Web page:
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Locked in LOC: Exploring Cyber Offensive Option for India

Gp. Capt. Ajey Lele (Retd.) is Senior Fellow at the Institute for Defence Studies and Analyses, New Delhi. Click here for detailed profile.
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  • August 20, 2013

    The recent incident of five Indian army soldiers being killed on the LOC by troops of the Pakistan army is a continuation of a sustained policy of the ‘powers’ in Pakistan. Over decades, relations between the two have swung from heightened tensions through nuclear posturing and coercive diplomacy to peace efforts through people-to-people contact, economic engagement and even cricket! So, under these now very similar and repeated circumstances what should be India’s response? Are there realistic options between diplomacy and war? Probably the time has come to look at ‘diplomacy plus’ and ‘war minus’ solution.

    The ‘war minus’ tool could be to make obvious India’s niche military and intelligence technologies to Pakistan and making the latter realize its deterrence value especially the technological edge that India has in areas like cyber, space, robotics, jamming, etc. For example robotics should not remain restricted towards the usage of drones (unnamed combat aerial vehicles) only. If India can think about operating robots on Moon and Mars then why not have operational manuals to use micro and nano robots in Pakistan?

    A number of states today are significantly dependent on cyber and space technologies both in civilian and military field. Pakistan relies on outside agencies to maintain its ICT (Information and Communication Technologies) infrastructure and various communication networks. Any intentional interference in such networks could create chaos.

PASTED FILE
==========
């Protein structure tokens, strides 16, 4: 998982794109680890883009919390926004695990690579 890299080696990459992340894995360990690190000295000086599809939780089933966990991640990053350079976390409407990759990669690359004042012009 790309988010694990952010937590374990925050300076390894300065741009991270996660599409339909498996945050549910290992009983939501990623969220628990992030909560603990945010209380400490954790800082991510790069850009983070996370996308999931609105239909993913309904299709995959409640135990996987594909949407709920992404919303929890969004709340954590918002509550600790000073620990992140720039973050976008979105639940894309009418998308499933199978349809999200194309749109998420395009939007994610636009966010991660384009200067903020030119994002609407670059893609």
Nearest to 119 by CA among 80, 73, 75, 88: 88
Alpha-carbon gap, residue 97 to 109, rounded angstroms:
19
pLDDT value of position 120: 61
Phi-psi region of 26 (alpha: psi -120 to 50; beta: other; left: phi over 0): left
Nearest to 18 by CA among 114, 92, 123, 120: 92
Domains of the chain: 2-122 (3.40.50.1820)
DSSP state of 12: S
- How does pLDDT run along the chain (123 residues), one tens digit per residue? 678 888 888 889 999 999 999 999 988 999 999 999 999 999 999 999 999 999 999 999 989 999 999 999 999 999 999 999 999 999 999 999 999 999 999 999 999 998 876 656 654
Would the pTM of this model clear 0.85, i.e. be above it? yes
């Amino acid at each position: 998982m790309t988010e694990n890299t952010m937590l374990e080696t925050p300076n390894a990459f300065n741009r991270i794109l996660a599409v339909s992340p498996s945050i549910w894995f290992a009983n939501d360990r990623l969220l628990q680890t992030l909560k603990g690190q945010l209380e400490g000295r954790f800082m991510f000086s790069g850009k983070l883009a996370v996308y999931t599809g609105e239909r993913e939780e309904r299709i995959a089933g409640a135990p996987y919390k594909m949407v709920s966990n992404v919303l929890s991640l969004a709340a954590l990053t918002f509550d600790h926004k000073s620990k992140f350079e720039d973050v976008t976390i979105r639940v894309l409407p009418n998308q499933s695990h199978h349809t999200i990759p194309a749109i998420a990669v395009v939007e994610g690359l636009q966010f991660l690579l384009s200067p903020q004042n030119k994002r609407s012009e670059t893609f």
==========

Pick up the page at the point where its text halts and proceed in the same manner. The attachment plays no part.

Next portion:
India has developed its ICT architecture as a tool for social development, growth and commercial activities. Appreciating the dual-use nature of cyber technologies and the increasing danger of cyber warfare/terrorism/espionage, India has recently evolved a broad cyber security policy based on its experience of cyber espionage and cyber attacks for the last couple of years. Given the difficulty of identifying the actual cyber attacker, certain states are using the cyber space as a ‘Peacetime Warfare’ by following the ‘policy of deniability’. These states are either launching attacks by using proxy servers, which are physically located in some other state, or are claiming that the acts have been carried out by individuals without the knowledge of state. Currently there is no globally accepted cyber regime to provide the legal guidelines to recognize what is just and unjust.

    There is no significant outcry in respect of cyber attack globally probably because of the peculiar nature of these attacks. The present cyber activities are disruptive in nature but they fail to create global furor essentially because such attacks are bloodless and no visible loss of human life takes place. Recently, Edward Snowden has exposed the covert US Cyber monitoring system for intelligence gathering. Subsequently, the US has accepted the presence of such system. There is nothing ‘covert’ about such activity and the US has time and again justified its action. This could motivate other states also to develop similar mechanisms.

    In 2007, cyber attacks on Estonia had created a global furor. The attacks were launched on the parliament, banks, news agencies, various websites, etc, creating unmanageable chaos. The exact source of the attacker has yet to be fully established though Russia remains a prime suspect. Since 2007 the cyber world has further evolved and there now exists a fine line between what is just and unjust. Hence, in the post- Edward Snowden exposé, the US is brazenly defending its activities. The question is whether or not ’Cyber Deterrence’ can emerge as a new geopolitical model for the present era’? Is Pakistan a perfect case and a reason for India to invest in cyber deterrence?